Greenberg the Vampire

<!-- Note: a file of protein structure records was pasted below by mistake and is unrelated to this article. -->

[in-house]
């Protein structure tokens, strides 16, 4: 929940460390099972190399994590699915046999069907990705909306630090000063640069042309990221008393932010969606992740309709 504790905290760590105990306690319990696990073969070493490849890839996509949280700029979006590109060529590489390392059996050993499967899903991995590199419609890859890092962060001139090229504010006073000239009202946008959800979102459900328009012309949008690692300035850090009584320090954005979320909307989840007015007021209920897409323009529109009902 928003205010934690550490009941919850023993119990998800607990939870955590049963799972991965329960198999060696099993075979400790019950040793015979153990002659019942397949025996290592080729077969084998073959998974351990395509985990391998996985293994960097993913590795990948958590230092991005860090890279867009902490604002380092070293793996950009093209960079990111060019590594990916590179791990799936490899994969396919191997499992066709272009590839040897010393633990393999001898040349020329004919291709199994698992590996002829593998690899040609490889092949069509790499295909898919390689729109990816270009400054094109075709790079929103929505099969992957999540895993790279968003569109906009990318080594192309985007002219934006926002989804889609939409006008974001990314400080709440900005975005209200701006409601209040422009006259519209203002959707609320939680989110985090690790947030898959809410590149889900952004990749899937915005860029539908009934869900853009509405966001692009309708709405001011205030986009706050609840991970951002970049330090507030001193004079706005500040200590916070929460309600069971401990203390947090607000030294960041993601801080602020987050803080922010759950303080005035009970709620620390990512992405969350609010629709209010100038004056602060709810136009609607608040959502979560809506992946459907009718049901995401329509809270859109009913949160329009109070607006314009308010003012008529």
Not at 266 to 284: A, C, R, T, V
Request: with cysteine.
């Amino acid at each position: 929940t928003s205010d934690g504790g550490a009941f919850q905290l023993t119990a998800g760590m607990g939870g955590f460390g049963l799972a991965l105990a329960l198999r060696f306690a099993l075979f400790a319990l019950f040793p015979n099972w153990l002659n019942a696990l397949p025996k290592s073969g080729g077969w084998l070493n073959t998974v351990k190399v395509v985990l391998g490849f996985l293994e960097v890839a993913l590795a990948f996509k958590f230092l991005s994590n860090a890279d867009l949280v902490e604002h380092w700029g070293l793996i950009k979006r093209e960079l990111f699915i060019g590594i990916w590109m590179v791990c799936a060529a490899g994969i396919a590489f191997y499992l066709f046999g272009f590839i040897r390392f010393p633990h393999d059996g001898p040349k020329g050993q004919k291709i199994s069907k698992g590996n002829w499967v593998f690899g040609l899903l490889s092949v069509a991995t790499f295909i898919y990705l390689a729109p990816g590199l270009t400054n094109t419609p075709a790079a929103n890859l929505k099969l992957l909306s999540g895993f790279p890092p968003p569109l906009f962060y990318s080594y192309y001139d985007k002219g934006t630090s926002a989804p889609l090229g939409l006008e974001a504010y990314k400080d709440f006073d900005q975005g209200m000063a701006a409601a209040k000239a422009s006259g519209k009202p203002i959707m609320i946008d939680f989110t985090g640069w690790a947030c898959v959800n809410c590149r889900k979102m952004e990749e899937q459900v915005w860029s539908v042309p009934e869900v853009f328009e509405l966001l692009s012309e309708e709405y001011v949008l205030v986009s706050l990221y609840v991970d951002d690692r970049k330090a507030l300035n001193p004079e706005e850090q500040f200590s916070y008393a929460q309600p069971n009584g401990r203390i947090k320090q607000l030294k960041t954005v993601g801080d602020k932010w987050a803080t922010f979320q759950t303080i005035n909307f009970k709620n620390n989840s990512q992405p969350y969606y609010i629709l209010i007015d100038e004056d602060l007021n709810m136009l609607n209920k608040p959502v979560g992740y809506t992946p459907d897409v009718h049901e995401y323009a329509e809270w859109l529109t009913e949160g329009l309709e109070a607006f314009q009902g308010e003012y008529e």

Oscar Greenburg is a famous horror story writer. He's also a vampire. And he's the target of the evil temptress Lilith. Luckily, he has a loving mother, brother, and nephew who look out for him. Like his other soul-searching works, J.M.DeMatteis uses Greenberg to tell a tale that is more about family and identity than it is about the fantastic trappings in which he clothes his characters. In fact, it's a little unclear why Oscar needs to be a vampire, as it really adds very little to the story. It was interesting to see a nice Jewish family battle the forces of evil (priests and crosses are a bit overdone), especially as I had no idea that Rabbis could cast out demons. Greenburg isn't DeMatteis' best work. I'm much more fond of his Blood, Brooklyn Dreams (my review here), or even Dr. Fate. Still, fans of J.M. will find it interesting how he struggles with similar themes. However, I must say that subjecting the reader to page after page of Oscar's admittedly bad writing is simply inescusable. Mark Badger's painted art is fine, but it's a little too muted at times; and his consistently middle-range tones make every scene look inappropriately identical.